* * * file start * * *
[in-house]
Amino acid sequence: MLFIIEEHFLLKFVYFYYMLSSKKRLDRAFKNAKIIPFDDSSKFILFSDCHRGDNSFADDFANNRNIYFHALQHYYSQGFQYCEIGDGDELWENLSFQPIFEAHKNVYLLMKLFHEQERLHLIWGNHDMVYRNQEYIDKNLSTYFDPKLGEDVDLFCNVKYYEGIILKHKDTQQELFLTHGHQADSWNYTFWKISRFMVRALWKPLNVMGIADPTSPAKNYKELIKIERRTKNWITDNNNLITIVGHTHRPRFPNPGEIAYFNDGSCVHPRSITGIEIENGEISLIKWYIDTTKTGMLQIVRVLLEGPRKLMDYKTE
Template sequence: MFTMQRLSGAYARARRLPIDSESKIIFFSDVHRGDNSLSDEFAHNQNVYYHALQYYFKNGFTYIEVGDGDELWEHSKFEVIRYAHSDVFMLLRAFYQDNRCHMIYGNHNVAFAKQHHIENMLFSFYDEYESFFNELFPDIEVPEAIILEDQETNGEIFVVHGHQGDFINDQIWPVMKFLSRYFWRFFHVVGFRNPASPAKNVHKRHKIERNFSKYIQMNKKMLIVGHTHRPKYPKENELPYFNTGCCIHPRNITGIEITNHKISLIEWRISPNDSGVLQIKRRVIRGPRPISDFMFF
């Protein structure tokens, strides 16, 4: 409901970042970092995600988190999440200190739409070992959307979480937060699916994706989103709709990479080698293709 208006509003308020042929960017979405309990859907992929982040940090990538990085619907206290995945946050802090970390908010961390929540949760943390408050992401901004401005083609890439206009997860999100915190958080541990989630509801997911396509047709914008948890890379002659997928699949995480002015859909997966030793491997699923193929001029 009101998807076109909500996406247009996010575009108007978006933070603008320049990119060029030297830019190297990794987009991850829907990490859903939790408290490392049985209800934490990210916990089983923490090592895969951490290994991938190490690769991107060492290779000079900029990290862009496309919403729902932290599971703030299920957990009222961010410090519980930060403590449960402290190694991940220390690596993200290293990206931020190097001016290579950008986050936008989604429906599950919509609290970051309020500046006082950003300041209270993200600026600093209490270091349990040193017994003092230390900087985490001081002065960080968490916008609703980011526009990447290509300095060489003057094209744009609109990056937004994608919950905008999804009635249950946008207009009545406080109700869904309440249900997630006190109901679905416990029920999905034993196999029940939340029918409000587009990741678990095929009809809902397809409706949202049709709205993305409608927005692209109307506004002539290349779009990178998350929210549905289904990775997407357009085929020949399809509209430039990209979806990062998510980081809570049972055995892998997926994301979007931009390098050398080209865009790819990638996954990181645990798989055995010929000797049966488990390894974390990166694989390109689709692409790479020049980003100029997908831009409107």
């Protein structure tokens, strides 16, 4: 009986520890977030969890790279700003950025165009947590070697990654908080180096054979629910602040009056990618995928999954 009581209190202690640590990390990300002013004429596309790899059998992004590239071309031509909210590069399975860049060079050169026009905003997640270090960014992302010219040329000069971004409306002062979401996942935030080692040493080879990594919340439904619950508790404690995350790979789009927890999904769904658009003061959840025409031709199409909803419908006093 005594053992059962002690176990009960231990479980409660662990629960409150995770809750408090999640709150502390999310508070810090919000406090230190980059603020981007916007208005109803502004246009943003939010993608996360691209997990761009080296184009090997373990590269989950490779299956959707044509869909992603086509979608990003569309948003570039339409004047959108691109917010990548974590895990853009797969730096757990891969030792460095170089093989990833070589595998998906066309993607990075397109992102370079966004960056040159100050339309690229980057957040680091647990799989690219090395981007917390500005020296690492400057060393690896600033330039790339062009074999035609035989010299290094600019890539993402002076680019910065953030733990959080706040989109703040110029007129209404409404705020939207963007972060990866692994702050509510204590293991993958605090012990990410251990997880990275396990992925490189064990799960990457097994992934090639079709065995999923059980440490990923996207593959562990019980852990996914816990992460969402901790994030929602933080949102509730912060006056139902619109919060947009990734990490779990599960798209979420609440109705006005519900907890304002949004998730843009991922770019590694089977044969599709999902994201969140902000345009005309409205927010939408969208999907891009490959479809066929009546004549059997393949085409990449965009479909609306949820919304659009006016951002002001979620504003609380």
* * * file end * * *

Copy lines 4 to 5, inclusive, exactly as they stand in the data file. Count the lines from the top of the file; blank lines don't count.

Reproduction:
């Protein structure tokens, strides 16, 4: 409901970042970092995600988190999440200190739409070992959307979480937060699916994706989103709709990479080698293709 208006509003308020042929960017979405309990859907992929982040940090990538990085619907206290995945946050802090970390908010961390929540949760943390408050992401901004401005083609890439206009997860999100915190958080541990989630509801997911396509047709914008948890890379002659997928699949995480002015859909997966030793491997699923193929001029 009101998807076109909500996406247009996010575009108007978006933070603008320049990119060029030297830019190297990794987009991850829907990490859903939790408290490392049985209800934490990210916990089983923490090592895969951490290994991938190490690769991107060492290779000079900029990290862009496309919403729902932290599971703030299920957990009222961010410090519980930060403590449960402290190694991940220390690596993200290293990206931020190097001016290579950008986050936008989604429906599950919509609290970051309020500046006082950003300041209270993200600026600093209490270091349990040193017994003092230390900087985490001081002065960080968490916008609703980011526009990447290509300095060489003057094209744009609109990056937004994608919950905008999804009635249950946008207009009545406080109700869904309440249900997630006190109901679905416990029920999905034993196999029940939340029918409000587009990741678990095929009809809902397809409706949202049709709205993305409608927005692209109307506004002539290349779009990178998350929210549905289904990775997407357009085929020949399809509209430039990209979806990062998510980081809570049972055995892998997926994301979007931009390098050398080209865009790819990638996954990181645990798989055995010929000797049966488990390894974390990166694989390109689709692409790479020049980003100029997908831009409107």
């Protein structure tokens, strides 16, 4: 009986520890977030969890790279700003950025165009947590070697990654908080180096054979629910602040009056990618995928999954 009581209190202690640590990390990300002013004429596309790899059998992004590239071309031509909210590069399975860049060079050169026009905003997640270090960014992302010219040329000069971004409306002062979401996942935030080692040493080879990594919340439904619950508790404690995350790979789009927890999904769904658009003061959840025409031709199409909803419908006093 005594053992059962002690176990009960231990479980409660662990629960409150995770809750408090999640709150502390999310508070810090919000406090230190980059603020981007916007208005109803502004246009943003939010993608996360691209997990761009080296184009090997373990590269989950490779299956959707044509869909992603086509979608990003569309948003570039339409004047959108691109917010990548974590895990853009797969730096757990891969030792460095170089093989990833070589595998998906066309993607990075397109992102370079966004960056040159100050339309690229980057957040680091647990799989690219090395981007917390500005020296690492400057060393690896600033330039790339062009074999035609035989010299290094600019890539993402002076680019910065953030733990959080706040989109703040110029007129209404409404705020939207963007972060990866692994702050509510204590293991993958605090012990990410251990997880990275396990992925490189064990799960990457097994992934090639079709065995999923059980440490990923996207593959562990019980852990996914816990992460969402901790994030929602933080949102509730912060006056139902619109919060947009990734990490779990599960798209979420609440109705006005519900907890304002949004998730843009991922770019590694089977044969599709999902994201969140902000345009005309409205927010939408969208999907891009490959479809066929009546004549059997393949085409990449965009479909609306949820919304659009006016951002002001979620504003609380």